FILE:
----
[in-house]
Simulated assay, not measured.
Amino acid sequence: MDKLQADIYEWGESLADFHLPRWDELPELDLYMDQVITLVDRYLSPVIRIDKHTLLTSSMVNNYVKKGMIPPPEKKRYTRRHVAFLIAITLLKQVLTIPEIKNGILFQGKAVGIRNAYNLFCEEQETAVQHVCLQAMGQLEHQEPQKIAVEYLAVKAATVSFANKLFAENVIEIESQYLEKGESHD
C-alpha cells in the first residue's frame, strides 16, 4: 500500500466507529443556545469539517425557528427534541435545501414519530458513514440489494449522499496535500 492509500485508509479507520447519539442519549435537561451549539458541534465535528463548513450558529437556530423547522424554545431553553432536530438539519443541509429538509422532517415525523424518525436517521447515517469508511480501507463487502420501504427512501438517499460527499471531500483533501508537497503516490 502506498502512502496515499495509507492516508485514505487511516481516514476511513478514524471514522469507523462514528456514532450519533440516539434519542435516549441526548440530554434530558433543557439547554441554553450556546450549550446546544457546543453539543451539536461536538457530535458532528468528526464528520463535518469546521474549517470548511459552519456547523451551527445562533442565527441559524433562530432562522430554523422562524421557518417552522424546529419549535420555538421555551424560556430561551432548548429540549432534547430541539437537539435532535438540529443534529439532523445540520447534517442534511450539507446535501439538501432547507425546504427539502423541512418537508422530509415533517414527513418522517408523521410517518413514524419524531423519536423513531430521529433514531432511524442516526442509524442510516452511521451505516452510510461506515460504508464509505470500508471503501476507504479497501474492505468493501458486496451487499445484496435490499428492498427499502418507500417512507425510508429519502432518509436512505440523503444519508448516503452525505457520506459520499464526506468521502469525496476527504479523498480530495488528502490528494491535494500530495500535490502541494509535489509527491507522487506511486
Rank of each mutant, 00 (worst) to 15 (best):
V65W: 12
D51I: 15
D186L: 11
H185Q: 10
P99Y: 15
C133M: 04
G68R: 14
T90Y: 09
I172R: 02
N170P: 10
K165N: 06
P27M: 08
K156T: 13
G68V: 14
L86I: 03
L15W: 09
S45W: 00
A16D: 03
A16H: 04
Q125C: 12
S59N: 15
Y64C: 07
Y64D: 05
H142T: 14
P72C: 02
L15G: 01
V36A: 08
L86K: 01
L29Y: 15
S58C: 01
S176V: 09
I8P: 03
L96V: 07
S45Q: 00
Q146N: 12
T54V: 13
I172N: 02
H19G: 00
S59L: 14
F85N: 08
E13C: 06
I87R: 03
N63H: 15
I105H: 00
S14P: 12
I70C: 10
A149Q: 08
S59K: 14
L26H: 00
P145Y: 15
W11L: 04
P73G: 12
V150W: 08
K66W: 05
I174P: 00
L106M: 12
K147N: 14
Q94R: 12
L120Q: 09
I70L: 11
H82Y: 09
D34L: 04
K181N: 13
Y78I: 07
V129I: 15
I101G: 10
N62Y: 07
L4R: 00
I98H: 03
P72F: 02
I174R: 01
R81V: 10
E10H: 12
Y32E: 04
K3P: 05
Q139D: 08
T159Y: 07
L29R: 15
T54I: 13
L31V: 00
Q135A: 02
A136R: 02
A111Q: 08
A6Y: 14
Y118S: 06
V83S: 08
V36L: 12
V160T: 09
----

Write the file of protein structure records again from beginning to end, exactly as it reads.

[in-house]
Simulated assay, not measured.
Amino acid sequence: MDKLQADIYEWGESLADFHLPRWDELPELDLYMDQVITLVDRYLSPVIRIDKHTLLTSSMVNNYVKKGMIPPPEKKRYTRRHVAFLIAITLLKQVLTIPEIKNGILFQGKAVGIRNAYNLFCEEQETAVQHVCLQAMGQLEHQEPQKIAVEYLAVKAATVSFANKLFAENVIEIESQYLEKGESHD
C-alpha cells in the first residue's frame, strides 16, 4: 500500500466507529443556545469539517425557528427534541435545501414519530458513514440489494449522499496535500 492509500485508509479507520447519539442519549435537561451549539458541534465535528463548513450558529437556530423547522424554545431553553432536530438539519443541509429538509422532517415525523424518525436517521447515517469508511480501507463487502420501504427512501438517499460527499471531500483533501508537497503516490 502506498502512502496515499495509507492516508485514505487511516481516514476511513478514524471514522469507523462514528456514532450519533440516539434519542435516549441526548440530554434530558433543557439547554441554553450556546450549550446546544457546543453539543451539536461536538457530535458532528468528526464528520463535518469546521474549517470548511459552519456547523451551527445562533442565527441559524433562530432562522430554523422562524421557518417552522424546529419549535420555538421555551424560556430561551432548548429540549432534547430541539437537539435532535438540529443534529439532523445540520447534517442534511450539507446535501439538501432547507425546504427539502423541512418537508422530509415533517414527513418522517408523521410517518413514524419524531423519536423513531430521529433514531432511524442516526442509524442510516452511521451505516452510510461506515460504508464509505470500508471503501476507504479497501474492505468493501458486496451487499445484496435490499428492498427499502418507500417512507425510508429519502432518509436512505440523503444519508448516503452525505457520506459520499464526506468521502469525496476527504479523498480530495488528502490528494491535494500530495500535490502541494509535489509527491507522487506511486
Rank of each mutant, 00 (worst) to 15 (best):
V65W: 12
D51I: 15
D186L: 11
H185Q: 10
P99Y: 15
C133M: 04
G68R: 14
T90Y: 09
I172R: 02
N170P: 10
K165N: 06
P27M: 08
K156T: 13
G68V: 14
L86I: 03
L15W: 09
S45W: 00
A16D: 03
A16H: 04
Q125C: 12
S59N: 15
Y64C: 07
Y64D: 05
H142T: 14
P72C: 02
L15G: 01
V36A: 08
L86K: 01
L29Y: 15
S58C: 01
S176V: 09
I8P: 03
L96V: 07
S45Q: 00
Q146N: 12
T54V: 13
I172N: 02
H19G: 00
S59L: 14
F85N: 08
E13C: 06
I87R: 03
N63H: 15
I105H: 00
S14P: 12
I70C: 10
A149Q: 08
S59K: 14
L26H: 00
P145Y: 15
W11L: 04
P73G: 12
V150W: 08
K66W: 05
I174P: 00
L106M: 12
K147N: 14
Q94R: 12
L120Q: 09
I70L: 11
H82Y: 09
D34L: 04
K181N: 13
Y78I: 07
V129I: 15
I101G: 10
N62Y: 07
L4R: 00
I98H: 03
P72F: 02
I174R: 01
R81V: 10
E10H: 12
Y32E: 04
K3P: 05
Q139D: 08
T159Y: 07
L29R: 15
T54I: 13
L31V: 00
Q135A: 02
A136R: 02
A111Q: 08
A6Y: 14
Y118S: 06
V83S: 08
V36L: 12
V160T: 09